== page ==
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Jeffrey Rowe has more than 40 years of experience in all aspects of industrial design, mechanical engineering, and manufacturing. On the publishing side, he has written well over 1,000 articles for CAD, CAM, CAE, and other technical publications, as well as consulting in many capacities in the … More »
VW Unveils First All-Electric Hill-Climbing Race Car
June 21st, 2018 by Jeff Rowe
Volkswagen Motorsport is charging to the start line of the Pikes Peak International Hill Climb, thanks in part to a new collaboration with ANSYS to develop its first-ever, fully-electric race car — the Volkswagen I.D. R Pikes Peak. With a goal of setting a new time record for electric cars at the race, Volkswagen Motorsport tapped into ANSYS’ Pervasive Engineering Simulation solutions to create a digital prototype of the battery system and optimize the electric propulsion system of the I.D. R Pikes Peak race car.
Behind the wheel of the 680-horsepower sports car prototype, Volkswagen Driver Romain Dumas will attempt a new time record for electric cars at the 96th edition of the Pikes Peak International Hill Climb Race.
The aerodynamic design of the I.D. R Pikes Peak car was developed for extreme conditions and to meet the specific challenges of the Pikes Peak International Hill Climb.
High altitude results in about 35 percent lower air density, which creates different aerodynamic conditions than a racetrack on flat land. In addition to real-time data and results, ANSYS solutions were used to simulate driving conditions that cannot be recreated in a traditional wind tunnel. With ANSYS solutions, Volkswagen engineers calculated the ideal balance of cooling airflow and aerodynamic loss and determined the best battery cooling strategy for optimal performance of the vehicle.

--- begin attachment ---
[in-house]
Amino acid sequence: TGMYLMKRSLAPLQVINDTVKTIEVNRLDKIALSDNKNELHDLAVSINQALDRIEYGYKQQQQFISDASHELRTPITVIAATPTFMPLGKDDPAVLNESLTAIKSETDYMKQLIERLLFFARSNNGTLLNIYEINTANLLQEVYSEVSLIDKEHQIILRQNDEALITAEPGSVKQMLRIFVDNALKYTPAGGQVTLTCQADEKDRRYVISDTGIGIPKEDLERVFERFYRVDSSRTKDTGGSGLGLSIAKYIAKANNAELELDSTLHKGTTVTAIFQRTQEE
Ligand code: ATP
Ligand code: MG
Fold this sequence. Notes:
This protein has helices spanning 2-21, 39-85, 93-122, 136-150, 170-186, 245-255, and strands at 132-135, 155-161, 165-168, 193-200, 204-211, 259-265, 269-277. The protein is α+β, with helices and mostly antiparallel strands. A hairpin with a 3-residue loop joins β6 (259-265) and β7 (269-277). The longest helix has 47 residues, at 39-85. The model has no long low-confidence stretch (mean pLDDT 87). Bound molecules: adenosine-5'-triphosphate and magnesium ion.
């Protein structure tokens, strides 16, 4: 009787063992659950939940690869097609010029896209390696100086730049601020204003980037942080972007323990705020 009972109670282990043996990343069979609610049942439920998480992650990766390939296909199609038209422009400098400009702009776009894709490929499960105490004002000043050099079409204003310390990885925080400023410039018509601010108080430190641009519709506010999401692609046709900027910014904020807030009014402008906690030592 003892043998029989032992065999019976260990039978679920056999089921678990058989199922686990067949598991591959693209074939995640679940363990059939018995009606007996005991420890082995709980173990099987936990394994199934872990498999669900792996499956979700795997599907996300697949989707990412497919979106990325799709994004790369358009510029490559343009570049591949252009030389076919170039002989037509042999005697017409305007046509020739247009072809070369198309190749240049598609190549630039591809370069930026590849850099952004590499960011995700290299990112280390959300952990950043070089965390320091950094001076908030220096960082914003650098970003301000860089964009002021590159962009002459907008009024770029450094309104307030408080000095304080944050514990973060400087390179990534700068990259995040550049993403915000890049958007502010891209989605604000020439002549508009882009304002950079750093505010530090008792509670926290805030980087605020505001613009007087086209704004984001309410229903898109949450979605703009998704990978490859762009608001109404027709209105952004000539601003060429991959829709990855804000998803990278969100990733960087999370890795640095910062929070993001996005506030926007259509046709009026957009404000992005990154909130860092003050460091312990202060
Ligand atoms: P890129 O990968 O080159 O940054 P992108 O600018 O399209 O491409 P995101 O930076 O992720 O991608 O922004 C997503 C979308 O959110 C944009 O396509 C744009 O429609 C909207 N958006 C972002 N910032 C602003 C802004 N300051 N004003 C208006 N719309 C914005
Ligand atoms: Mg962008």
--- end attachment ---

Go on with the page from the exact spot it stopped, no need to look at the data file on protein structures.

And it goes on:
Volkswagen I.D. R Pikes Peak Test Drive
“Perfect energy management is a critical factor for beating the record in the electric car category at Pikes Peak,” said François-Xavier Demaison, technical director at Volkswagen Motorsport and I.D. R Pikes Peak project manager. “The first test drive at Pikes Peak was successful and demonstrated the accuracy of our simulations. Our team is confident in the vehicle’s performance and eager to set a new record in the category.”
“ANSYS is driving advancements in electrification and next-generation vehicles with multiphysics solutions and Pervasive Engineering Simulation,” said Shane Emswiler, Vice President and General Manager at ANSYS. “The Pikes Peak project demonstrates the importance of ANSYS simulation solutions as customers tackle new challenges and explore new frontiers in electric propulsion.”